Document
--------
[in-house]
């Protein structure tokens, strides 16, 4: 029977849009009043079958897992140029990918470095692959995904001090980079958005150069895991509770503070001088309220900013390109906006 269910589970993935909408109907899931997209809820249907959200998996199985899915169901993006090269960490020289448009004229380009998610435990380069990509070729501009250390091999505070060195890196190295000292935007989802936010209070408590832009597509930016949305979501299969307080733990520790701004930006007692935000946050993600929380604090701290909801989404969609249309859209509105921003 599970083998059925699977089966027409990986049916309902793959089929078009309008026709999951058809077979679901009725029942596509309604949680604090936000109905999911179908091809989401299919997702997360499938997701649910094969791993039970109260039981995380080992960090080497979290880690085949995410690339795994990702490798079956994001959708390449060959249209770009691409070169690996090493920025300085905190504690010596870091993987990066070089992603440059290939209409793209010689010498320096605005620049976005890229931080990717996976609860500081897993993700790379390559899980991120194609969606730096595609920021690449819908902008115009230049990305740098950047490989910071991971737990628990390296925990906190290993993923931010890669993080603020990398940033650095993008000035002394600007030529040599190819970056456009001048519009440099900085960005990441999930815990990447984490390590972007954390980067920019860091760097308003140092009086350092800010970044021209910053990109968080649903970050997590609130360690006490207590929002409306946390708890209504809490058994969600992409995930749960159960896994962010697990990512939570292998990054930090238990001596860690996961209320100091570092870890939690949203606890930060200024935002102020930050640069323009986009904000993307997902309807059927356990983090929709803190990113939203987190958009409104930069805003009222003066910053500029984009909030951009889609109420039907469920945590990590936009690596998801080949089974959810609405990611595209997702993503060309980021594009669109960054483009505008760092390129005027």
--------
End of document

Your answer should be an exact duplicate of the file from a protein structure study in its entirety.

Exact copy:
[in-house]
């Protein structure tokens, strides 16, 4: 029977849009009043079958897992140029990918470095692959995904001090980079958005150069895991509770503070001088309220900013390109906006 269910589970993935909408109907899931997209809820249907959200998996199985899915169901993006090269960490020289448009004229380009998610435990380069990509070729501009250390091999505070060195890196190295000292935007989802936010209070408590832009597509930016949305979501299969307080733990520790701004930006007692935000946050993600929380604090701290909801989404969609249309859209509105921003 599970083998059925699977089966027409990986049916309902793959089929078009309008026709999951058809077979679901009725029942596509309604949680604090936000109905999911179908091809989401299919997702997360499938997701649910094969791993039970109260039981995380080992960090080497979290880690085949995410690339795994990702490798079956994001959708390449060959249209770009691409070169690996090493920025300085905190504690010596870091993987990066070089992603440059290939209409793209010689010498320096605005620049976005890229931080990717996976609860500081897993993700790379390559899980991120194609969606730096595609920021690449819908902008115009230049990305740098950047490989910071991971737990628990390296925990906190290993993923931010890669993080603020990398940033650095993008000035002394600007030529040599190819970056456009001048519009440099900085960005990441999930815990990447984490390590972007954390980067920019860091760097308003140092009086350092800010970044021209910053990109968080649903970050997590609130360690006490207590929002409306946390708890209504809490058994969600992409995930749960159960896994962010697990990512939570292998990054930090238990001596860690996961209320100091570092870890939690949203606890930060200024935002102020930050640069323009986009904000993307997902309807059927356990983090929709803190990113939203987190958009409104930069805003009222003066910053500029984009909030951009889609109420039907469920945590990590936009690596998801080949089974959810609405990611595209997702993503060309980021594009669109960054483009505008760092390129005027």